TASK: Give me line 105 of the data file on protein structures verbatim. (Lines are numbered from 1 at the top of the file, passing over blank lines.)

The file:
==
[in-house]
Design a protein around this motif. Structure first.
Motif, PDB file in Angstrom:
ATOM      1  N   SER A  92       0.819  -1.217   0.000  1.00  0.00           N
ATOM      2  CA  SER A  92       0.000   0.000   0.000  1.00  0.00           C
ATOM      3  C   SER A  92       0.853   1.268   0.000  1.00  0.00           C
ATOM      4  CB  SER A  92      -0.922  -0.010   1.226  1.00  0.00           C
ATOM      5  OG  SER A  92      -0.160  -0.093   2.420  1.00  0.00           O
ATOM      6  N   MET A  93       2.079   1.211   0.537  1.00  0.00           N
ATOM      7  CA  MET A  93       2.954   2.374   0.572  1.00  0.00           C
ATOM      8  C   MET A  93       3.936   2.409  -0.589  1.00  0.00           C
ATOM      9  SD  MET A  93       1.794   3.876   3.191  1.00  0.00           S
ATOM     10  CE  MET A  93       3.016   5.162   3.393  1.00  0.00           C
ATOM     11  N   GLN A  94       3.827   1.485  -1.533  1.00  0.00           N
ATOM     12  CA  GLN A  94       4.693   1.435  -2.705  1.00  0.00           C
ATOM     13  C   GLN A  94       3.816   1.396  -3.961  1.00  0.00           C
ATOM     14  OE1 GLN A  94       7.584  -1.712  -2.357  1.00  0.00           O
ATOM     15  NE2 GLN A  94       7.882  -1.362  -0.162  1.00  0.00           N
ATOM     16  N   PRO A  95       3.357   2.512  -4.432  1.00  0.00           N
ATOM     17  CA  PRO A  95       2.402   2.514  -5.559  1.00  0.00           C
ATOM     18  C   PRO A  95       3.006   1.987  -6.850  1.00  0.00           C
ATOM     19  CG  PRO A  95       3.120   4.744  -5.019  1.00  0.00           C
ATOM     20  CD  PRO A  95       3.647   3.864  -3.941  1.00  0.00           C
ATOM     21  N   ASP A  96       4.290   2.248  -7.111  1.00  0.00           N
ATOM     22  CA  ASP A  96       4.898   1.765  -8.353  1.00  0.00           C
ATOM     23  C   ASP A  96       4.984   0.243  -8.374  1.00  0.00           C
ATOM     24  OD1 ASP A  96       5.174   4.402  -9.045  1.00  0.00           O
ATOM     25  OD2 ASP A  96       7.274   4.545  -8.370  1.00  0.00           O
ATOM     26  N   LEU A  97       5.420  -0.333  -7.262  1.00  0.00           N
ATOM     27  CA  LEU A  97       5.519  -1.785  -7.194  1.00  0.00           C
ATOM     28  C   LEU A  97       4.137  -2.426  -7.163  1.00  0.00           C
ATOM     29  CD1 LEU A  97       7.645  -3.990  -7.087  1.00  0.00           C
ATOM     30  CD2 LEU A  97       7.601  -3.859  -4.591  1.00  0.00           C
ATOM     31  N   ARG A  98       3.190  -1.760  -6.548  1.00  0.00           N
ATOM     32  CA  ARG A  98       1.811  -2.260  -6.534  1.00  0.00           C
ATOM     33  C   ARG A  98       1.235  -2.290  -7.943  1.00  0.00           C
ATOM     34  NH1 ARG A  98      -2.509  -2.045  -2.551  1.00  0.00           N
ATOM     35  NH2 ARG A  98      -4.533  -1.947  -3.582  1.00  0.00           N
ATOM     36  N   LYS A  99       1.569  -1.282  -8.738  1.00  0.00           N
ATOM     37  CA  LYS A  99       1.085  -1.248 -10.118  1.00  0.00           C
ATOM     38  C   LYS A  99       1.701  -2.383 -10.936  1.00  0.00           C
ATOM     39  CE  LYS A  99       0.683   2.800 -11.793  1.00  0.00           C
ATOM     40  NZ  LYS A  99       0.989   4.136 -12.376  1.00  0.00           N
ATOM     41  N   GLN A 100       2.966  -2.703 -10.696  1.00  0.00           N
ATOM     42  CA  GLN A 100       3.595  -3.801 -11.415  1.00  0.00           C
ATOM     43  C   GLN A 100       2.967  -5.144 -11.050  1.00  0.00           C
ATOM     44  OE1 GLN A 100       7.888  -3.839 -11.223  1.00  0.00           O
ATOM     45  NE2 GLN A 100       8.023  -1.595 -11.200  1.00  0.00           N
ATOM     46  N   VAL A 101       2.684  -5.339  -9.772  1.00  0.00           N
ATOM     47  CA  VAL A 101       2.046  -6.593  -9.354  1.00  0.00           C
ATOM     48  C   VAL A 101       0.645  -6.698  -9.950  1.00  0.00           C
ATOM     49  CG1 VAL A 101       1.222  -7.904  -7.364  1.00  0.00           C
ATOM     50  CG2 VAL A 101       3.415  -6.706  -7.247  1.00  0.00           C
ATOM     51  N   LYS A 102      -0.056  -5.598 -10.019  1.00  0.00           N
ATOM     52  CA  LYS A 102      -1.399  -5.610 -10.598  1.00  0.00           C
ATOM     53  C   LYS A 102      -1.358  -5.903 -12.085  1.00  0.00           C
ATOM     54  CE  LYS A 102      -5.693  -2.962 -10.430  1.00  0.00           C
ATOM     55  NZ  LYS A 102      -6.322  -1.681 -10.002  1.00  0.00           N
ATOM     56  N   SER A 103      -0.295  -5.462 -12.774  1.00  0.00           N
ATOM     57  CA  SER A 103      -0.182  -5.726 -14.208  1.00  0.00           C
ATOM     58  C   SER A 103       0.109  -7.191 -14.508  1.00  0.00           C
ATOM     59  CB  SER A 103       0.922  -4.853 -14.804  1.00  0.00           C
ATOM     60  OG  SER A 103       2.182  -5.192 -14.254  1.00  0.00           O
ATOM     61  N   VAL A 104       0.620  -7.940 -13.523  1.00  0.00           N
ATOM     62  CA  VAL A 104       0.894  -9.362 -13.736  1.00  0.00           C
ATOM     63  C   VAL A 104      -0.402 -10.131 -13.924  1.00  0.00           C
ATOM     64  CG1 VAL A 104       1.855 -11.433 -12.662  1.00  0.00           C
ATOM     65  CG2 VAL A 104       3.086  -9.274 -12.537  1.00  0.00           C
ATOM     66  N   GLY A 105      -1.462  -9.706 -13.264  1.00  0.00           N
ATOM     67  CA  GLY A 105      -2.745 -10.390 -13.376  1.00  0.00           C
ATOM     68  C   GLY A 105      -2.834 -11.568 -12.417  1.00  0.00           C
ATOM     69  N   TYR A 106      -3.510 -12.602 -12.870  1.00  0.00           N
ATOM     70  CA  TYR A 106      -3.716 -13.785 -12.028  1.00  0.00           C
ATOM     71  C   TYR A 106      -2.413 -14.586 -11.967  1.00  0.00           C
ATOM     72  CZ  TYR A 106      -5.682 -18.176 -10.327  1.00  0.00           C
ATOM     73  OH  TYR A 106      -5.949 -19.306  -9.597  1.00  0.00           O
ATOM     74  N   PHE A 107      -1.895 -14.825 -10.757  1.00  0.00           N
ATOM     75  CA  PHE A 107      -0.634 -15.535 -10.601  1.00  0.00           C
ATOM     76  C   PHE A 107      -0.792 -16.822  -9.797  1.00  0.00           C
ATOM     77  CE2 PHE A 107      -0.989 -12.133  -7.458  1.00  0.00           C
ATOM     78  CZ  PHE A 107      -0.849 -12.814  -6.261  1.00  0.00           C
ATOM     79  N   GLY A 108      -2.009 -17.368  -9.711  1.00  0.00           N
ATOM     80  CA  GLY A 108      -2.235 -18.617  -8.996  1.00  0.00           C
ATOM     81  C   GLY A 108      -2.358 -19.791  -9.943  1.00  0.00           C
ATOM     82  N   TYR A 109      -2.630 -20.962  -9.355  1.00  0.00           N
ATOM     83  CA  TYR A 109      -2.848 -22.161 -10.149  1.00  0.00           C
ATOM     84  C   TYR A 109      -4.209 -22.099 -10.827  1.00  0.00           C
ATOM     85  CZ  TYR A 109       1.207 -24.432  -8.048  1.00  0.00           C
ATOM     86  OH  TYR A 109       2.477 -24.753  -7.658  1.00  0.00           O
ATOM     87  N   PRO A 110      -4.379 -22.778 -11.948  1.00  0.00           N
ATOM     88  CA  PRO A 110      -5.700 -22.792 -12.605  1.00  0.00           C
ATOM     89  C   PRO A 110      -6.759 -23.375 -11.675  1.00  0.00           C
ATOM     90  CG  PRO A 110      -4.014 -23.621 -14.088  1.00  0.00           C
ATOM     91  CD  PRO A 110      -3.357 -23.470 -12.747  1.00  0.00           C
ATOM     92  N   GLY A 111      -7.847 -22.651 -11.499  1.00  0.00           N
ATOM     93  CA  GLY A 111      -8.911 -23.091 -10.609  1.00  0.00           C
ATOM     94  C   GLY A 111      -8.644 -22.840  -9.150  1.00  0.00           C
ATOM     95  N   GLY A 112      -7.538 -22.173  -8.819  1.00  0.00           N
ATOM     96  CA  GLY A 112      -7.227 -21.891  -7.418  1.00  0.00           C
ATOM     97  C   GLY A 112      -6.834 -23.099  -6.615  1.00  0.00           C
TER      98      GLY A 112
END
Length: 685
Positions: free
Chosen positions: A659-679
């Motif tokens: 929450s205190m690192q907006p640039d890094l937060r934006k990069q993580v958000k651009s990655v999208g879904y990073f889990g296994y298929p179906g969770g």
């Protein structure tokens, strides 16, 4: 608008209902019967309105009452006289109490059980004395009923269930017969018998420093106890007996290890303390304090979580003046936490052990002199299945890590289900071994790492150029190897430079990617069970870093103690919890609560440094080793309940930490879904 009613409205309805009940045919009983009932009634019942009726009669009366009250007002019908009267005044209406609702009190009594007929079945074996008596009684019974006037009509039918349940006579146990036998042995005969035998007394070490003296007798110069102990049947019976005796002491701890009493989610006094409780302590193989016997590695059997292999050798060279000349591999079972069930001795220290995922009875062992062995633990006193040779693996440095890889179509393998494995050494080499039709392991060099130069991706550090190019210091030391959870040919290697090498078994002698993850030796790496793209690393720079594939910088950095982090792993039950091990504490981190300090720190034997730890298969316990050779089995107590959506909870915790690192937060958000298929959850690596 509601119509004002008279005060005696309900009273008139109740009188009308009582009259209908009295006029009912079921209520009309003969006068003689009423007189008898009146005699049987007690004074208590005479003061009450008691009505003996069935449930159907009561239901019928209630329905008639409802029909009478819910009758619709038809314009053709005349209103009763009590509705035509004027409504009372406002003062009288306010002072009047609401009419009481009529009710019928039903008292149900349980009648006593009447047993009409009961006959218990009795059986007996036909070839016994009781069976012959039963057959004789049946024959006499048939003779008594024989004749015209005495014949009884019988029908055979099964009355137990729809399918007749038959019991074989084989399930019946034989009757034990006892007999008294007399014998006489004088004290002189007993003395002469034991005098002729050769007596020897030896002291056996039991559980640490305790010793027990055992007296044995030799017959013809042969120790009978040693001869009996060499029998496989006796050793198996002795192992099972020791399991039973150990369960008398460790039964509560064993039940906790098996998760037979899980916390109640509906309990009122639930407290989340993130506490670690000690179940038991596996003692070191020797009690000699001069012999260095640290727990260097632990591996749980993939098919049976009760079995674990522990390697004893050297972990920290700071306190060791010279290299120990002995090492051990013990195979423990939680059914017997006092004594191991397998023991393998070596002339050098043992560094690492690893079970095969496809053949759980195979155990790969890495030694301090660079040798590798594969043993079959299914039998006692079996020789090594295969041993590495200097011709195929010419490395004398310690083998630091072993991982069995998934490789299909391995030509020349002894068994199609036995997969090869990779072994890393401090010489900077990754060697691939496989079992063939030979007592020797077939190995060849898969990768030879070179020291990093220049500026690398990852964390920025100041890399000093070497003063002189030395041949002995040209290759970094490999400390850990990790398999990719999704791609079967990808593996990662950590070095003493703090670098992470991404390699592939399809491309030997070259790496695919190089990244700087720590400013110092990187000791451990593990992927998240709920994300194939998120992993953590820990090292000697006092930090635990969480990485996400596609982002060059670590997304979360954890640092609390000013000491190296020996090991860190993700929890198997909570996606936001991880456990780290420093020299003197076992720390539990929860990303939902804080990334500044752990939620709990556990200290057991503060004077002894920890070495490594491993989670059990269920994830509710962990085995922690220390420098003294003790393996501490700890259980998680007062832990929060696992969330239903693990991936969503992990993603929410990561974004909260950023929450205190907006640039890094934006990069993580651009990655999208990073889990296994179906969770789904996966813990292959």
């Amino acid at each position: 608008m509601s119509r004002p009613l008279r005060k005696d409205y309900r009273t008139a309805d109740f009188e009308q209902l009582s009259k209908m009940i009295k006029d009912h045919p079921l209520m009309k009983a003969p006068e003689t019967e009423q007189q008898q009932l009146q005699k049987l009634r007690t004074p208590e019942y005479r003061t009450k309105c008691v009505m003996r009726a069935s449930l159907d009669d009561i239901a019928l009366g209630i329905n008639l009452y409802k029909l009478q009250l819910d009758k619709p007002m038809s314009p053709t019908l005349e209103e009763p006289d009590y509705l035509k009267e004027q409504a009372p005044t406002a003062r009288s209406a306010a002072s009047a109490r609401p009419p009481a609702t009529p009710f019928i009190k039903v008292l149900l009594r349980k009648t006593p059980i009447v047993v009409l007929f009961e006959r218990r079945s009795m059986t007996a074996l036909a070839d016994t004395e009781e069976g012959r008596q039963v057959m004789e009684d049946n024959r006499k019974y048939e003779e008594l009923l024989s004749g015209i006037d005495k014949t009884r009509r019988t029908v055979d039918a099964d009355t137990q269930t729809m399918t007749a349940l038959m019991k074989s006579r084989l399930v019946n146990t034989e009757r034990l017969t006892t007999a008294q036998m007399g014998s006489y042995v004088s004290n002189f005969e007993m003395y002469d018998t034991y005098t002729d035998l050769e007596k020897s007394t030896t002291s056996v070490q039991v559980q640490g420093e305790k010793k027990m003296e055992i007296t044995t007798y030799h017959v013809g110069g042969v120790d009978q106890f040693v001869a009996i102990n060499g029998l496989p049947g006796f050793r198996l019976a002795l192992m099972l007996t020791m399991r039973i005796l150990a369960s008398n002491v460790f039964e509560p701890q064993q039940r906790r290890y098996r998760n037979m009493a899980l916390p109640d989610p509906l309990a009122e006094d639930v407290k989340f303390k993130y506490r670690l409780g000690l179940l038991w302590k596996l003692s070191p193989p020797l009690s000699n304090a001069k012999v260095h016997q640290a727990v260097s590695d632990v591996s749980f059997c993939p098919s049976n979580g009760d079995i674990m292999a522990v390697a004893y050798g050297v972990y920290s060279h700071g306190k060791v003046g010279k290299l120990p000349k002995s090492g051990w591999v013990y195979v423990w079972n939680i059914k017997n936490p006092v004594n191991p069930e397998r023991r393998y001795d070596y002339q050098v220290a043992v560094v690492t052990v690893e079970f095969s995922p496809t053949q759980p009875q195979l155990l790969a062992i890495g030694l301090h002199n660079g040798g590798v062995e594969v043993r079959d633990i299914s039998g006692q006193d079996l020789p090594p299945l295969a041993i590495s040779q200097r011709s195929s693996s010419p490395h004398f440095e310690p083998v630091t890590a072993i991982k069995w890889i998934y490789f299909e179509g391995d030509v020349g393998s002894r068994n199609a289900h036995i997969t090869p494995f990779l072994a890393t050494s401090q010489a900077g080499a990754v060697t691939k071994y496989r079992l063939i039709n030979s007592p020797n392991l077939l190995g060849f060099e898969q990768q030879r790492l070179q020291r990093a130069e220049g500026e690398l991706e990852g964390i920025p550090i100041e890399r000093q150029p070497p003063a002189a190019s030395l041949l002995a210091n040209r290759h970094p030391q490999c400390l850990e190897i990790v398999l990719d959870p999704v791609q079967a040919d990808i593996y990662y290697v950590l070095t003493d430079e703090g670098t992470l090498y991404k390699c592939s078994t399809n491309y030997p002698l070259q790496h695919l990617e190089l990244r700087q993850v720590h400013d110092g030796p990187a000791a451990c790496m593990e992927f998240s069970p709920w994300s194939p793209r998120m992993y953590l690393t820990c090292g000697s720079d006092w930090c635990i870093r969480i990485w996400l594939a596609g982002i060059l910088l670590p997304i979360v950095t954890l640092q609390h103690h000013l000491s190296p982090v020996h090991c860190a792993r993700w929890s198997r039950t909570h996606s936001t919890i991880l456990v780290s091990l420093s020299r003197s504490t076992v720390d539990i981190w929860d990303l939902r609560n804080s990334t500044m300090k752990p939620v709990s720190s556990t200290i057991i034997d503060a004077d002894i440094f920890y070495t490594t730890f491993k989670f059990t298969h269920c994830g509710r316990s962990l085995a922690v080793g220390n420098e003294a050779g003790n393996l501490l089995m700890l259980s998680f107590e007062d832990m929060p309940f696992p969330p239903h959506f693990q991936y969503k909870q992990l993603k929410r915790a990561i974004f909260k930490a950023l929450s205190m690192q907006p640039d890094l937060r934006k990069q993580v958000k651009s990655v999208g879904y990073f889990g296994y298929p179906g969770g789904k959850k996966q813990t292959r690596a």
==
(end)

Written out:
Chosen positions: A659-679